Using Drupal Permissions to Manage Access in Central Organizations with Subsidiary Groups

Drupal's versatile permission system, applied at scale, makes Drupal an excellent platform for managing large organizations with multiple subsidiary groups. Here's how it works.

Drupal's versatile permission system, applied at scale, makes Drupal an excellent platform for managing large organizations with multiple subsidiary groups, each of which has particular needs and requires a unique web presence. For example, large enterprise companies, such as IBM, have many business units. In higher education, universities like New York University have many departments. And, umbrella government organizations encompass many related but independent programs and agencies, as is the case with Digital Services Georgia. Independent groups coordinated around a central structure may find a good fit with Drupal's access management system.

This article focuses on a specific example—a nationwide parent organization with many local, regional chapters—to illustrate how this works. 

The example: National HQ with regional chapters

A typical scenario in Washington DC is one where a central organization serves as a "National Headquarters" or "Global HQ;" however, branches at the state-wide, regional, local, or neighborhood level may have their own operations and leadership, yet act as "chapters" for implementing the central program. Note that this concept applies across many different organizational models, but we're using this one to illustrate some of the details.

We'll call our organization "International Guild for Drupal Project Managers," which we will say is a dues-paying member organization with offices on K Street right near the White House.

Working with different levels of users

Users may log in and register to a centralized instance of Drupal, e.g., the main office. However, local branches may also spin up subsites to allow for different levels of users to access only the content that is relevant to them. Doing this simplifies the implementation of editorial controls or permission management details.

For example, a Dues Manager role may be assigned to a user who only reviews new orders and existing orders around dues-paying individual members. The Dues Manager requirements and access may differ from the Sponsor Manager role, which allows that designated user to review new and existing sponsorships. Both of those managers may report to a Treasurer role, a person who prepares monthly reports on income, new and existing members, or new and current sponsorships.

Roles and Permissions Chart

At International Guild for Drupal Project Managers, a verified member gets the opportunity, upon payment, to input their contact information into a directory of all dues-paying members. In this case, it's a sortable list with filters by region and by specialty. 

In this model, you can set up Drupal to allow any new user to create and edit their listing in the directory once payment is received. You can also designate a Directory Manager role to handle any concerns or edits to the business details of a directory listing and keep the directory-related needs separate from the payment concerns.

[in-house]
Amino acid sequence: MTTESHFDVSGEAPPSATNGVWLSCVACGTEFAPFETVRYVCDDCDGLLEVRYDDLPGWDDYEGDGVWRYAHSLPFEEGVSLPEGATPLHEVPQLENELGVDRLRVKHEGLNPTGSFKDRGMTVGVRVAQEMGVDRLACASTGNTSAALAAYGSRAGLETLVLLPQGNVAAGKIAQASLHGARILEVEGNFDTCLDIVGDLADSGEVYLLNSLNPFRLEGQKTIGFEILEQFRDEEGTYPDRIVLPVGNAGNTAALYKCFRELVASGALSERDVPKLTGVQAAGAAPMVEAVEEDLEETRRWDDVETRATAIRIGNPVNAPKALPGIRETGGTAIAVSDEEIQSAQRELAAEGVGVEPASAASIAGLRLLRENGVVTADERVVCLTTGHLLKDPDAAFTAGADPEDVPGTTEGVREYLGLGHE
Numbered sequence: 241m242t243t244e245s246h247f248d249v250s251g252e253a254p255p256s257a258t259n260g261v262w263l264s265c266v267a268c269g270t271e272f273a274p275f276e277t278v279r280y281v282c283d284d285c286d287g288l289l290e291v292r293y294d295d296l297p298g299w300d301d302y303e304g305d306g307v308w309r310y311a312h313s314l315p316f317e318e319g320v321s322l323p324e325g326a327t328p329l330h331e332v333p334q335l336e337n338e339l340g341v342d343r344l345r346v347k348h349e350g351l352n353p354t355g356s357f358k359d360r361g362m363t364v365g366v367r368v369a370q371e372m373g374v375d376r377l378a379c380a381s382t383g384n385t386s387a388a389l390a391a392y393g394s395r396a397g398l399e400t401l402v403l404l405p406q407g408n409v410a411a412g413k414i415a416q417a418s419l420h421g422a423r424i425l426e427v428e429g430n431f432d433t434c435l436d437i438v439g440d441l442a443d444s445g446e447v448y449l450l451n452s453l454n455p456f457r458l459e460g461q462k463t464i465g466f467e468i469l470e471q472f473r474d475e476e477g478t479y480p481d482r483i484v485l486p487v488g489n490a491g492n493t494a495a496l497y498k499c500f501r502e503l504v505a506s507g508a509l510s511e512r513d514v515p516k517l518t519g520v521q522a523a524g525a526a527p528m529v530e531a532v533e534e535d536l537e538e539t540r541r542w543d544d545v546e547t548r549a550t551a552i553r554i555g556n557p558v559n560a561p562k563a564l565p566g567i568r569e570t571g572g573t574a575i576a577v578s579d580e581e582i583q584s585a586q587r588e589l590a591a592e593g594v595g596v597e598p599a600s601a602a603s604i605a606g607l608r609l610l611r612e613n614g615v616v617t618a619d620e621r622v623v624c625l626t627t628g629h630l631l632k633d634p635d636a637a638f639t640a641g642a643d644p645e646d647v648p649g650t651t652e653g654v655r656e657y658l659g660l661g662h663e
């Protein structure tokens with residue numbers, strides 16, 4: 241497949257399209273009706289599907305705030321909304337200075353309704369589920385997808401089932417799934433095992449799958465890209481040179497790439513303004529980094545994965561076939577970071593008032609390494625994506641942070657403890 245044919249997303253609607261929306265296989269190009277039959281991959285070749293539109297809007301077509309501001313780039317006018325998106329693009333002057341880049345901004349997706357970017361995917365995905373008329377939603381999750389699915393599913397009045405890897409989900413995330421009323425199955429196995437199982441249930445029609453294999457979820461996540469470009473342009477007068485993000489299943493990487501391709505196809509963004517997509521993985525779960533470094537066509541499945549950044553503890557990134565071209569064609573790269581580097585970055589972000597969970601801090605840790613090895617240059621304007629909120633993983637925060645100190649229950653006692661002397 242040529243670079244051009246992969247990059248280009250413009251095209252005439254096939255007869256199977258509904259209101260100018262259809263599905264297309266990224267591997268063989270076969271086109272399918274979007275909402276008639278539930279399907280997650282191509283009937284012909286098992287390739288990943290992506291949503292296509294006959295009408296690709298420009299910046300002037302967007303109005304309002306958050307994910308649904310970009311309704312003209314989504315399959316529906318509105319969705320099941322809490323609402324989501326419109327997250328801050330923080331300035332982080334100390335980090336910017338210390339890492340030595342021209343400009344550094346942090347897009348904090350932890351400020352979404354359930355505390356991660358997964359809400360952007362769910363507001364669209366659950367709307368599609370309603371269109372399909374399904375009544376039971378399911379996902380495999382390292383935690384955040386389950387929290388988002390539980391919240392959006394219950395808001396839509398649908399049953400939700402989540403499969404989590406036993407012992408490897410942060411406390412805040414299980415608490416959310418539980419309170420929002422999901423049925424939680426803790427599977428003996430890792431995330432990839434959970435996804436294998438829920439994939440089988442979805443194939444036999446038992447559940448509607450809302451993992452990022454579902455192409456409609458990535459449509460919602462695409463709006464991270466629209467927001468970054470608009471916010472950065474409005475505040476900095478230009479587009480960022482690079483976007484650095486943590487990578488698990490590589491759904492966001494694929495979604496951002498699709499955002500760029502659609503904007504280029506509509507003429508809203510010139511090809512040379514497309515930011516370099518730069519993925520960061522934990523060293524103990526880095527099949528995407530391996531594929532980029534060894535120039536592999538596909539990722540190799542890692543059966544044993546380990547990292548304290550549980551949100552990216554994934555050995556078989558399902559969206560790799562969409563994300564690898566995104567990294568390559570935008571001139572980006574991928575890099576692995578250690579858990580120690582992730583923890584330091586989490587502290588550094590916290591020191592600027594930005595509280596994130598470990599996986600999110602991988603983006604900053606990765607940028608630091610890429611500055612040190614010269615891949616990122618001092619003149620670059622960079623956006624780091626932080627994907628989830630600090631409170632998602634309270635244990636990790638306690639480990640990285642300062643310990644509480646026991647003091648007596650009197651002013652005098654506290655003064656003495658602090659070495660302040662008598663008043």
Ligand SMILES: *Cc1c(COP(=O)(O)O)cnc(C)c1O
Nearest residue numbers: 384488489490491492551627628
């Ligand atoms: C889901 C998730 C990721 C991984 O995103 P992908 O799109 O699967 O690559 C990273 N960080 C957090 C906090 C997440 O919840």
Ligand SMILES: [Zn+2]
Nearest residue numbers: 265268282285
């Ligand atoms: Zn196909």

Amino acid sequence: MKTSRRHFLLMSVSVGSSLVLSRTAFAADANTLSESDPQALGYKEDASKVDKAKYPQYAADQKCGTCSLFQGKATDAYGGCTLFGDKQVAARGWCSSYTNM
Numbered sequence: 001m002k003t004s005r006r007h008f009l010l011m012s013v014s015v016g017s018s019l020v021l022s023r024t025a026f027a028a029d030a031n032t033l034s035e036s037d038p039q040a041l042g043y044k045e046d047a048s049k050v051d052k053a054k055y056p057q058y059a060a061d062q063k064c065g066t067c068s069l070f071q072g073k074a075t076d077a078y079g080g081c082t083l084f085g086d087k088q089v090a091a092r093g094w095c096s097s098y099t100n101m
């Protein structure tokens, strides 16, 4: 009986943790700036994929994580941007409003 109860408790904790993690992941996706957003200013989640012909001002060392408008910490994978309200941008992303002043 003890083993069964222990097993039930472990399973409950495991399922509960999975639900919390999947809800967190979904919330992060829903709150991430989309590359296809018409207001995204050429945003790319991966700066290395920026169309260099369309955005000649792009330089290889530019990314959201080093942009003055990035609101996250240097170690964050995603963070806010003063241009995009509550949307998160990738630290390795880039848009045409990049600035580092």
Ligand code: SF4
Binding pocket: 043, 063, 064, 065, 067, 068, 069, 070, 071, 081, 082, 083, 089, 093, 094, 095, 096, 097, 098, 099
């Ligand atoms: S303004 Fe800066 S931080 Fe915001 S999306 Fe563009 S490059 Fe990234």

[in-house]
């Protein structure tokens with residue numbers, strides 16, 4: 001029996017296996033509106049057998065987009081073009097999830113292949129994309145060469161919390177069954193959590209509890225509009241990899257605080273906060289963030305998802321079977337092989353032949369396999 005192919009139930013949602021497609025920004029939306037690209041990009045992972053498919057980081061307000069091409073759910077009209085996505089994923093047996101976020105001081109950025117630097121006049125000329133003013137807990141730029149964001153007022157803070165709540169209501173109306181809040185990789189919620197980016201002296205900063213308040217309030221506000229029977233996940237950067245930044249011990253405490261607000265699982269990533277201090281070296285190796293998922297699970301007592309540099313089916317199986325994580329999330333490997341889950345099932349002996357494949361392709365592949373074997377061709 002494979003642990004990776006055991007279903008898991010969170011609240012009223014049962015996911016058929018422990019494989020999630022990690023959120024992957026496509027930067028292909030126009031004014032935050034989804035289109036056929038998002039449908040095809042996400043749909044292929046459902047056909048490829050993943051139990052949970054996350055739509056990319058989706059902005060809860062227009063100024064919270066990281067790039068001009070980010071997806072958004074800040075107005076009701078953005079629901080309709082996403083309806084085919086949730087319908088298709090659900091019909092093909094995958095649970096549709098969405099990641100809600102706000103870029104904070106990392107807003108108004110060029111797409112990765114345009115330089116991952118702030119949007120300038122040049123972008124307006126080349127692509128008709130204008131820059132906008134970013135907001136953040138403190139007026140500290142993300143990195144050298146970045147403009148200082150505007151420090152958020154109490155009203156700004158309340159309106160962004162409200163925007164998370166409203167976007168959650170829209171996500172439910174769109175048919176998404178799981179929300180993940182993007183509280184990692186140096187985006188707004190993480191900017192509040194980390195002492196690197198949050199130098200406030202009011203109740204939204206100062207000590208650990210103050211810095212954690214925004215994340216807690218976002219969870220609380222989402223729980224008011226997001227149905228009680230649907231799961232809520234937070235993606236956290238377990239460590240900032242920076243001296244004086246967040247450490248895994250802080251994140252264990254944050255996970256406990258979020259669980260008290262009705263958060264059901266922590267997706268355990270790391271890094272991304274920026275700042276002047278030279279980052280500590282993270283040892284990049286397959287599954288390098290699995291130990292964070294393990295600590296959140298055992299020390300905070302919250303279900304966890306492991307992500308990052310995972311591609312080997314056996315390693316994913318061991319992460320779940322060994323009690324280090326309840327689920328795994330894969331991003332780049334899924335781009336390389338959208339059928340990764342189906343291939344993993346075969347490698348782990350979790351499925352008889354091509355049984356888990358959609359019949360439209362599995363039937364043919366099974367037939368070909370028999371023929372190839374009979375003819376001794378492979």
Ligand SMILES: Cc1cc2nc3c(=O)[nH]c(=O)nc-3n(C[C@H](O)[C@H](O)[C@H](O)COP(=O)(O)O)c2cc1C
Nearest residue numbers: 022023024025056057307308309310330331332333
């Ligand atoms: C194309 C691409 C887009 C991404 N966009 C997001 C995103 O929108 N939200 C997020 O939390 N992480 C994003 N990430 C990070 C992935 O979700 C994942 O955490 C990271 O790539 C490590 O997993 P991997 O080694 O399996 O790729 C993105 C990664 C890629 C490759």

Roles and activities chart

With the ability to manage the roles and the permissions available to users, it becomes easier to control the flow of information by allowing only managers with the "need-to-know" access the details relevant to them. For example, it may not be necessary for the Treasurer to handle individual directory listings. Likewise, it may not be required for the Directory Manager to process payment-related requests. The specificity of the roles, and the permissions associated with those roles, make it easier for the organization to divide up functional requirements. Drupal handles the assignment of user roles and permissions very straightforwardly, in a large "grid" of user permissions similar to the above.

Customizing pages

In a national organization, as with our example, that has local, neighborhood, or state entities, you can enable a dues-paying member to join a specific region. For example, a new member joins the National Organization, and is assigned to the programs that take place closest to their area, e.g., a "State Chapter" or even a "City Chapter." So if a new member joins, they can have access privileges to their local area leadership, where they can manage their local business sponsors, news, events, or advertising.

In this case, the same Drupal setup could include additional roles, such as Regional Managers or Local Managers who can add, edit, and delete content specific to their region - or, depending on their business model, business units, departments, or agencies. This way, a local news story, member highlight, event, or advertisement, might be targeted to a local region, rather than being pushed out at the national level. Similarly, nationally-organized negotiations could trickle down to the local chapter.

Sample Content for National and Local Chapters


With customized versions of content relevant to the geographic focus of the organization, the news may remain fresh and valid to the needs of local members while retaining the ability to highlight news from the national or international main office or parent organization, all the way down to the city or regional level.

Typical content types

When determining what works for membership-based organizations, an assessment with our strategy and design teams helps encapsulate the content types that work best to fit the needs of current and future users.